Abu Amr said Abbas still held significant clout, despite the big electoral loss.

One possibility is that the new Cabinet will be made up of technocrats who do not belong to Hamas or Fatah, but pass muster with the Hamas-led parliament. Analysts said such a move might enable the United States, Europe and perhaps Israel to maintain ties with the Palestinian Authority without violating pledges to reject dealings with Hamas.

Abbas also faces a broken Fatah. Since the loss, young militants have taken to the streets in Gaza to demand removal of the party's leadership. Some senior members, who had urged Abbas to postpone the election for fear of losing it, grouse that the party failed even after giving a more prominent role to younger activists who had complained of being shunted aside.

On Sunday, the party's Central Committee purged dozens of members who broke off to run as independents, diluting the pro-Fatah votes in key districts.

But the election loss also was in part a referendum on Abbas.

During a long career in the Palestine Liberation Organization, Abbas has developed a reputation for avoiding tough fights. He has done little to alter that image since winning election to lead the Palestinian Authority.

Abbas, whose demeanor matches his somber dark suits, never capitalized on his wide margin of victory last year. Associates said he considered resigning two months ago over the government's worsening financial woes and a lack of progress in relations with Israel.

Critics say Abbas failed to use the power of his office at a time when Palestinians were eager for changes, including a crackdown on corruption, which many voters cited in explaining why they voted for Hamas.

Abbas also came under Israeli criticism for not seeking to disarm militias, such as the armed wing of Hamas, as the Palestinians promised under the terms of the U.S.-backed diplomatic blueprint known as the "road map."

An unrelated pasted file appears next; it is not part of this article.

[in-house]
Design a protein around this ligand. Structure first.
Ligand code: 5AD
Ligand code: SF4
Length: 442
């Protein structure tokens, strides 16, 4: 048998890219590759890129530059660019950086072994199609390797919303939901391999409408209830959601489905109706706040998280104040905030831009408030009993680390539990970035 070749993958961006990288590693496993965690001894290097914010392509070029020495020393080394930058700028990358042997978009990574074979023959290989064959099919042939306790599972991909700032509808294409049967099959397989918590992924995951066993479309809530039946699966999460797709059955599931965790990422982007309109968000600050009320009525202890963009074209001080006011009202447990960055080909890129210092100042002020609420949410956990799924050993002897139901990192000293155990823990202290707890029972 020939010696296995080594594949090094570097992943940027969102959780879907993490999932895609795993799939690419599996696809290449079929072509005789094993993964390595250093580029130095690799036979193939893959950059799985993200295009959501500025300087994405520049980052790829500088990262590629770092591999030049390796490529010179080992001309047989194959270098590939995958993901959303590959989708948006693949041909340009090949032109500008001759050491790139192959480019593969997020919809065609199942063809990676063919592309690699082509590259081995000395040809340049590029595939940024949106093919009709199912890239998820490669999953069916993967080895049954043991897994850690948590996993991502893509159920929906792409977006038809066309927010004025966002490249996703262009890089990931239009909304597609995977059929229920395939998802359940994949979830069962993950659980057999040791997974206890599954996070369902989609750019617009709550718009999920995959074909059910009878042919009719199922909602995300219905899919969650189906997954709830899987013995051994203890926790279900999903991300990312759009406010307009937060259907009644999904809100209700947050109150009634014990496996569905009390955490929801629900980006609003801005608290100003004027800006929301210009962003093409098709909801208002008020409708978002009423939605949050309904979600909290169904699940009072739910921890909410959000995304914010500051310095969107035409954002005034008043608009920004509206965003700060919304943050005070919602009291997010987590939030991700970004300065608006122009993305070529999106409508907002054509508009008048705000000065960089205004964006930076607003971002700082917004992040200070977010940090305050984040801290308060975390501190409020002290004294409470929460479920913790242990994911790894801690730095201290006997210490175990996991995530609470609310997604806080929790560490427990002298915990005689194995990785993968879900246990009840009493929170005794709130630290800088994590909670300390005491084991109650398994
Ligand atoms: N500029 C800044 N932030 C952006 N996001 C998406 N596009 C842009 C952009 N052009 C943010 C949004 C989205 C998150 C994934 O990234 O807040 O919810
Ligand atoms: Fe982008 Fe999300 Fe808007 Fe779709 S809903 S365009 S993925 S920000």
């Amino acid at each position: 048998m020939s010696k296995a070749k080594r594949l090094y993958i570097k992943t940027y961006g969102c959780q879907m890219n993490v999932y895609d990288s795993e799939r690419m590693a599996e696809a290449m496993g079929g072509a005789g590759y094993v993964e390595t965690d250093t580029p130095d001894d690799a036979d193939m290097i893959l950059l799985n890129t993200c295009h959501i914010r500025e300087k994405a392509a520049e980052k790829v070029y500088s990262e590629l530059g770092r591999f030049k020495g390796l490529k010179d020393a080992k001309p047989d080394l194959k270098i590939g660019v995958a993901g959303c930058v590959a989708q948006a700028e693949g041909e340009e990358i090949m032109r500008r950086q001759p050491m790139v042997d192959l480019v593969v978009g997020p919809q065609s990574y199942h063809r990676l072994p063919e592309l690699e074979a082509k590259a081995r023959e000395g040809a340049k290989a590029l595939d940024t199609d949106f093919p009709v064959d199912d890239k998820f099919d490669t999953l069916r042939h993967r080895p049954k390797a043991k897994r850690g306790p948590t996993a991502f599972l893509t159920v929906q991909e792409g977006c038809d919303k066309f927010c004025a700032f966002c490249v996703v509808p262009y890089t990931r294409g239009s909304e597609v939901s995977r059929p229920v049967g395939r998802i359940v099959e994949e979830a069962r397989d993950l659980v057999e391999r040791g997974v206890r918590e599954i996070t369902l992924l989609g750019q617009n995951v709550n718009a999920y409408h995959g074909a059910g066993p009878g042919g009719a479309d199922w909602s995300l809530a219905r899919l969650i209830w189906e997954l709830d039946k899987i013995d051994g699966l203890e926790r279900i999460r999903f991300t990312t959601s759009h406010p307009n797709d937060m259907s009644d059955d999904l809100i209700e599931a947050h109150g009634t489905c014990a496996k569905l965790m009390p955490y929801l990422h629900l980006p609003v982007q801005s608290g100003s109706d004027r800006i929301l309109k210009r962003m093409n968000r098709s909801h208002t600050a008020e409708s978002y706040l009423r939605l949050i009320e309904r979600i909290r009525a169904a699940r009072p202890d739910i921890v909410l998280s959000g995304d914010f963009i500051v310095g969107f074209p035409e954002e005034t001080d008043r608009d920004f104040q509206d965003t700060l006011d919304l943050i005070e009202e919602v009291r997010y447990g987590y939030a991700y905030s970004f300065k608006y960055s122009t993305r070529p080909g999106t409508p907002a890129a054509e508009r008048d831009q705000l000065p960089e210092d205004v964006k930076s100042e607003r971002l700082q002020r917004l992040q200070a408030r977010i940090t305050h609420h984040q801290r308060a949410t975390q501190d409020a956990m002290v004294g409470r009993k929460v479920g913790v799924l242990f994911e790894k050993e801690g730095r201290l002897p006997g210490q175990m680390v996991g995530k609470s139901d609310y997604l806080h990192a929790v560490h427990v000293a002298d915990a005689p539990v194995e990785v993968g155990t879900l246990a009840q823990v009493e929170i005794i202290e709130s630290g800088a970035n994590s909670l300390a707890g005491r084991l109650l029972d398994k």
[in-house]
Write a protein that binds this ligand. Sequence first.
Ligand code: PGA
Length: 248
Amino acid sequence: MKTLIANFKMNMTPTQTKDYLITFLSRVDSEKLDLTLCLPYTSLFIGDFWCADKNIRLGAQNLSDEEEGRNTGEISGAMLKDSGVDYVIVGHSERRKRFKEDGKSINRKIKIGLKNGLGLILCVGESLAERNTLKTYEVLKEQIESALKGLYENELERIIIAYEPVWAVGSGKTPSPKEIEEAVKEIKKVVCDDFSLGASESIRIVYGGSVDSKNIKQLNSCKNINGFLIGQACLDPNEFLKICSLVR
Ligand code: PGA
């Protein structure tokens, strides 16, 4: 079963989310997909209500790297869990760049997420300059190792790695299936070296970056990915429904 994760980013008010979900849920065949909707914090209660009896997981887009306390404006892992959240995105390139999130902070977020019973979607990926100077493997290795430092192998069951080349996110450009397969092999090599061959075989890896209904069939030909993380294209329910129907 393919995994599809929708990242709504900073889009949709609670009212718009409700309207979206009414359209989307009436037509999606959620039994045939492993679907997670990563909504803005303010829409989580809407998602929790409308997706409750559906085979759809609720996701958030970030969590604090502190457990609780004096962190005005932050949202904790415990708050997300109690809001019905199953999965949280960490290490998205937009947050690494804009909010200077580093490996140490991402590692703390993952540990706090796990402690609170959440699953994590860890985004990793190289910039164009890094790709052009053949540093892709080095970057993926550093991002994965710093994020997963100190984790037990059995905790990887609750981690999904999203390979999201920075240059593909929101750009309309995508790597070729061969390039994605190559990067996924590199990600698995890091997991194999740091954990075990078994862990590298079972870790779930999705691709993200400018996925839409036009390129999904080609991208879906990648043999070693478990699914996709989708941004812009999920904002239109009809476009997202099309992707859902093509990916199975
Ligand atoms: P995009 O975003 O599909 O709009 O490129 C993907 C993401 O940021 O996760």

Instead, Abbas brokered an agreement in March under which most of the groups promised to observe a cease-fire toward Israel. In return, he promised legislative elections, and Hamas agreed to take part for the first time.

Abbas hopes that by joining the mainstream, Hamas will become more moderate. His defenders point out that the group, responsible for dozens of suicide bombings and other attacks against Israelis in recent years, did not carry out a single bombing in Israel last year. The truce agreement also drastically reduced the number of attacks by most other groups.

But in a sign of concern about possible upheaval, Abbas has assumed control of the nearly 60,000 members of the Palestinian security forces. That move is intended to prevent any wholesale firing of officers, many of whom are members of Fatah, by a Hamas-run administration.

Hamas' win has also cast doubt over the Palestinian Authority's finances. The United States and Europe, which provide millions of dollars in aid, warned that a Hamas victory could jeopardize aid if the group did not alter its positions on Israel and the use of violence.

On Sunday, Israel's acting prime minister, Ehud Olmert, said he had not decided whether to transfer millions of dollars in Palestinian tax revenues collected monthly by Israel. Israeli officials had said Friday that they would proceed with the transfers during the period before Hamas takes office.

Palestinians say the $45 million monthly in taxes and customs duties, collected by Israel under an interim peace agreement, are needed to pay 135,000 public employees at a time when the Palestinian Authority budget is already in the red.

Abbas' spokesman said the key to all the Palestinians' problems was progress on peace with Israel.

"I don't think he's going to lose hope. He doesn't represent himself. He represents the Authority and Fatah, of course," Abu Rudaineh said. "We passed very difficult times in the past, and we survived."